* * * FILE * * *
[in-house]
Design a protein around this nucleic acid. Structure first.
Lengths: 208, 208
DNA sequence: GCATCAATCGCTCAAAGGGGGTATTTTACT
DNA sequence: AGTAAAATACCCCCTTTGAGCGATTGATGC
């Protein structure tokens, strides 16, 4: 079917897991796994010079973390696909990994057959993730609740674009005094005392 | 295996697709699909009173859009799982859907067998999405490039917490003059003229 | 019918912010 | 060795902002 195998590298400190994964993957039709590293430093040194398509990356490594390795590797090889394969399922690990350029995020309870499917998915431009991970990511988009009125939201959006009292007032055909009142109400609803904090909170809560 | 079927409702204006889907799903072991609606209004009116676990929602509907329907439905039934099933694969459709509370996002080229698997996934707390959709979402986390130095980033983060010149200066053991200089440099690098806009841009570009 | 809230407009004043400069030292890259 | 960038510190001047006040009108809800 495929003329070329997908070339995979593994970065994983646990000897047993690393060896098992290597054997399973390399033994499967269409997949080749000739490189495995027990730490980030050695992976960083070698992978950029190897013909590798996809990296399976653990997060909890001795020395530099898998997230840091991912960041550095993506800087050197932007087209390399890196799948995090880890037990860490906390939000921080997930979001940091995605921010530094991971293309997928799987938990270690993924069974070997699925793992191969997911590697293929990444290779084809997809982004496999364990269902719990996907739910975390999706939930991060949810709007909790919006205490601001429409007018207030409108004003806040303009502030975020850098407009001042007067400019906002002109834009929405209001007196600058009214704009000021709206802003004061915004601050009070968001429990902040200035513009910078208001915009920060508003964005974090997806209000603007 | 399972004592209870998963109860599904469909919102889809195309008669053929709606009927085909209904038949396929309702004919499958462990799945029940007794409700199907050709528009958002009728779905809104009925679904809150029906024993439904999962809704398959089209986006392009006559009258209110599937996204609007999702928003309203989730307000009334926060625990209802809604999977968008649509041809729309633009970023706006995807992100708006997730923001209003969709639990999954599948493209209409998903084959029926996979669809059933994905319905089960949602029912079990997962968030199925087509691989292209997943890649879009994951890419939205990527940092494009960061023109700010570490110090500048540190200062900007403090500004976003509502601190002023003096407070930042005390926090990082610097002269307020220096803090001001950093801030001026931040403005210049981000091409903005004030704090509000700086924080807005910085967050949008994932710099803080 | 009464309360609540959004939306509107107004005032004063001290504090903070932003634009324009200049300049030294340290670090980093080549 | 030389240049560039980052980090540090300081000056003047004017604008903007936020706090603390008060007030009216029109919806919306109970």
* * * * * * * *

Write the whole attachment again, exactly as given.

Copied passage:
[in-house]
Design a protein around this nucleic acid. Structure first.
Lengths: 208, 208
DNA sequence: GCATCAATCGCTCAAAGGGGGTATTTTACT
DNA sequence: AGTAAAATACCCCCTTTGAGCGATTGATGC
């Protein structure tokens, strides 16, 4: 079917897991796994010079973390696909990994057959993730609740674009005094005392 | 295996697709699909009173859009799982859907067998999405490039917490003059003229 | 019918912010 | 060795902002 195998590298400190994964993957039709590293430093040194398509990356490594390795590797090889394969399922690990350029995020309870499917998915431009991970990511988009009125939201959006009292007032055909009142109400609803904090909170809560 | 079927409702204006889907799903072991609606209004009116676990929602509907329907439905039934099933694969459709509370996002080229698997996934707390959709979402986390130095980033983060010149200066053991200089440099690098806009841009570009 | 809230407009004043400069030292890259 | 960038510190001047006040009108809800 495929003329070329997908070339995979593994970065994983646990000897047993690393060896098992290597054997399973390399033994499967269409997949080749000739490189495995027990730490980030050695992976960083070698992978950029190897013909590798996809990296399976653990997060909890001795020395530099898998997230840091991912960041550095993506800087050197932007087209390399890196799948995090880890037990860490906390939000921080997930979001940091995605921010530094991971293309997928799987938990270690993924069974070997699925793992191969997911590697293929990444290779084809997809982004496999364990269902719990996907739910975390999706939930991060949810709007909790919006205490601001429409007018207030409108004003806040303009502030975020850098407009001042007067400019906002002109834009929405209001007196600058009214704009000021709206802003004061915004601050009070968001429990902040200035513009910078208001915009920060508003964005974090997806209000603007 | 399972004592209870998963109860599904469909919102889809195309008669053929709606009927085909209904038949396929309702004919499958462990799945029940007794409700199907050709528009958002009728779905809104009925679904809150029906024993439904999962809704398959089209986006392009006559009258209110599937996204609007999702928003309203989730307000009334926060625990209802809604999977968008649509041809729309633009970023706006995807992100708006997730923001209003969709639990999954599948493209209409998903084959029926996979669809059933994905319905089960949602029912079990997962968030199925087509691989292209997943890649879009994951890419939205990527940092494009960061023109700010570490110090500048540190200062900007403090500004976003509502601190002023003096407070930042005390926090990082610097002269307020220096803090001001950093801030001026931040403005210049981000091409903005004030704090509000700086924080807005910085967050949008994932710099803080 | 009464309360609540959004939306509107107004005032004063001290504090903070932003634009324009200049300049030294340290670090980093080549 | 030389240049560039980052980090540090300081000056003047004017604008903007936020706090603390008060007030009216029109919806919306109970």